Mini Biographies

Short biographical articles.

W.B. Tegetmeier

This article was first published on 04-Nov-2012: William Bernhardt Tegetmeier's 196th birthday. For every giant that strides the scientific world like a colossus, there are many thousands more mini-heroes of science whose contributions are sometimes overlooked or forgotten. One of my particular favourite mini-heroes is William Bernhardt Tegetmeier, whose 196th birthday gives me the perfect…

John Stevens Henslow

I fully believe a better man never walked this earth. —Charles Darwin to J.D. Hooker 18th May, 1861 If anyone could lay claim to being one of the greatest Friends of Charles Darwin, it was the Reverend Professor John Stevens Henslow. Not only did this good-natured academic and clergyman teach Darwin much of his scientific…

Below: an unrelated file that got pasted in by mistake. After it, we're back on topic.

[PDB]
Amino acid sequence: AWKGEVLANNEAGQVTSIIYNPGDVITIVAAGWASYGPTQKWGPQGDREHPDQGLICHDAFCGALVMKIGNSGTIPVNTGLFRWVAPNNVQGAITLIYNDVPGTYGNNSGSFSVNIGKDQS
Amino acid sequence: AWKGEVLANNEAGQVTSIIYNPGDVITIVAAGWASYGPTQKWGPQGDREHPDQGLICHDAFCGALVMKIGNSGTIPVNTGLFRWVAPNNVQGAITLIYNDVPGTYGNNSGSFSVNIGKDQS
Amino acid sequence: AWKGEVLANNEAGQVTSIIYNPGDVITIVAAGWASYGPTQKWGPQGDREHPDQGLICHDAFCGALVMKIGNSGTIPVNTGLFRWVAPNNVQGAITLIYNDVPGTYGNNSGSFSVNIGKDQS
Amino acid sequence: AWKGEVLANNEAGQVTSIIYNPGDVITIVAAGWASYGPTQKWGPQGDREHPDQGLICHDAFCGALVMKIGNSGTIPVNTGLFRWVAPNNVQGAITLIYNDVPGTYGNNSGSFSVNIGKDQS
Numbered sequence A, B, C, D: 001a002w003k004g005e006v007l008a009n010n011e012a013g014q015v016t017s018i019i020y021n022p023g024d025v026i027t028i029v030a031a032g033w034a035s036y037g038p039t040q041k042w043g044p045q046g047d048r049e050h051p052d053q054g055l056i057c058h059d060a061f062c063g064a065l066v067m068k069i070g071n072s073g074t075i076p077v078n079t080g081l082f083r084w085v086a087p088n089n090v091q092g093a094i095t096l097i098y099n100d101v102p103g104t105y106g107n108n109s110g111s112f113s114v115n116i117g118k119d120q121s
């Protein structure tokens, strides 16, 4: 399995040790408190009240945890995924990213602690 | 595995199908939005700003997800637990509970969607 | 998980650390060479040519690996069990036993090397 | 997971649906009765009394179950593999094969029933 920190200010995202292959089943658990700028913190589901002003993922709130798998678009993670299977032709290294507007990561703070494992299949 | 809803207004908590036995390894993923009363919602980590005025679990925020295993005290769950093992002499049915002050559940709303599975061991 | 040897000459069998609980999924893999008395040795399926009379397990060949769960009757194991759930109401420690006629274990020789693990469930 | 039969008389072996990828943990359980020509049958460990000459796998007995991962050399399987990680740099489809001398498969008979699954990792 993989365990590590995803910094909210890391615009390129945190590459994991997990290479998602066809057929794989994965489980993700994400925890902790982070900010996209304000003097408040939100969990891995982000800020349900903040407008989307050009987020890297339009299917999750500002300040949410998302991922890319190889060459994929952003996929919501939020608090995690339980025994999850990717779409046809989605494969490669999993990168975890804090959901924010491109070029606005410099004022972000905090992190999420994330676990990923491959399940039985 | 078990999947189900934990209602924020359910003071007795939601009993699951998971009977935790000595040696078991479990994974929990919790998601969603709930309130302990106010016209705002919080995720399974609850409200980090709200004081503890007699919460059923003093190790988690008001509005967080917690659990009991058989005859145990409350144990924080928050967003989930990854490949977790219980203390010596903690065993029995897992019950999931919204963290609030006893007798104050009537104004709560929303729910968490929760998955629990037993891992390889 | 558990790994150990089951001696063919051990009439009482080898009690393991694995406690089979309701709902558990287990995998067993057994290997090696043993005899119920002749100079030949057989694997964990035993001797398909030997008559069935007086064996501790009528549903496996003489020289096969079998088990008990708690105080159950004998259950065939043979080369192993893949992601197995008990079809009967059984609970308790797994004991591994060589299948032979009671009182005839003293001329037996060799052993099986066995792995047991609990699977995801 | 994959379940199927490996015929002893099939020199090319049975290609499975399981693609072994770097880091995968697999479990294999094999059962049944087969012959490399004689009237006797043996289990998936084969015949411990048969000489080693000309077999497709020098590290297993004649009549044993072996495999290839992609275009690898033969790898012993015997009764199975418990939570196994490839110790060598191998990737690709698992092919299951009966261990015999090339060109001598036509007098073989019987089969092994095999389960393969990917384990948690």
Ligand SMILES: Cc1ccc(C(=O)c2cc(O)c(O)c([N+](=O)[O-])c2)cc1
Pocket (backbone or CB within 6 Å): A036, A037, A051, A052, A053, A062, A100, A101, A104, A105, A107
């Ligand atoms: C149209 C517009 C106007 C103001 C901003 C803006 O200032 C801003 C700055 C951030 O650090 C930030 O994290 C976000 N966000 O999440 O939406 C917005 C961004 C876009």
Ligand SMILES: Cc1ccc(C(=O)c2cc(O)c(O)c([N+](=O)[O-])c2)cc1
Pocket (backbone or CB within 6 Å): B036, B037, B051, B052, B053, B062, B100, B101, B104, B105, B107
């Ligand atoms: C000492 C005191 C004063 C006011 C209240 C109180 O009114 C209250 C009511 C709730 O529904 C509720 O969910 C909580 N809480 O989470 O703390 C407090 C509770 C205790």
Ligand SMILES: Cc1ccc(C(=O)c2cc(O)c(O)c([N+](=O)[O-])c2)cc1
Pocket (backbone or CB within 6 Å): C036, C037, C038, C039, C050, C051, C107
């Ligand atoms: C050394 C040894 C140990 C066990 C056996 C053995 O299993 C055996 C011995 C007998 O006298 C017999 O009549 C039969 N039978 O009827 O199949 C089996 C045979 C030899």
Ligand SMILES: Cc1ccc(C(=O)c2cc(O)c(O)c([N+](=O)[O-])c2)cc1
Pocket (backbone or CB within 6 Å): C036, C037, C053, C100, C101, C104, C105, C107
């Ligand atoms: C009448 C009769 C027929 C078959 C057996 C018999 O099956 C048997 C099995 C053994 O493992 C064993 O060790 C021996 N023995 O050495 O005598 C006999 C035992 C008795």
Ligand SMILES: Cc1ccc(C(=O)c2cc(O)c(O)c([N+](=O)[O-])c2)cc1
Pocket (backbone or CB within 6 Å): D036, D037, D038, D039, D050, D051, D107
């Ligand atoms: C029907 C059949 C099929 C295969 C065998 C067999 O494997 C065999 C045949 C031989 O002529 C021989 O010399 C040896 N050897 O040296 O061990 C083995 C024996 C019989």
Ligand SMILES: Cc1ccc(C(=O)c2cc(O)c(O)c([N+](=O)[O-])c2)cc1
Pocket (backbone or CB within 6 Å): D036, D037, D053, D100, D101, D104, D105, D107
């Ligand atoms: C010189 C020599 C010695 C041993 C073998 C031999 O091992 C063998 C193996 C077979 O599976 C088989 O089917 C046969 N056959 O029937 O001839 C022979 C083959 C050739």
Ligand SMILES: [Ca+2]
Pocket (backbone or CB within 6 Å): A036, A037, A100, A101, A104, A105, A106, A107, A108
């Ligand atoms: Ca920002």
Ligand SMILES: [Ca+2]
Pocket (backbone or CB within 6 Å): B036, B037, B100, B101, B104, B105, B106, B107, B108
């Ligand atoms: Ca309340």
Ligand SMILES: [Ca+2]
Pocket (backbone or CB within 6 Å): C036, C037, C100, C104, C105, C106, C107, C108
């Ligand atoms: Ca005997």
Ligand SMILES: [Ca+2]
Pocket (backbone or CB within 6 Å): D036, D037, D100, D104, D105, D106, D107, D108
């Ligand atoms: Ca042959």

Sir Richard Owen: the archetypal villain

What a strange man to be envious of a naturalist like myself, immeasurably his inferior! —Charles Darwin to J.S. Henslow 8th May, 1860 If ever an example were sought of the old dictum that history is written by the victors, we need look no further than that of the brilliant Victorian anatomist and palaeontologist, Sir…

FitzRoy's Bicentenary

Robert FitzRoy’s name is forever associated with—and has been eclipsed by—Darwin’s. The poor man has received something of a bad press over the years. He is remembered as a bad-tempered, religious fundamentalist who refused to see the self-evident truth of evolution, despite having travelled the world for five years in the company of Charles Darwin. But he deserves to be remembered as more than the tragically misguided figure who fell out with Darwin: he was a fascinating and complex man, whose sense of duty and strong moral values drove him to great feats—and more than once landed him in trouble.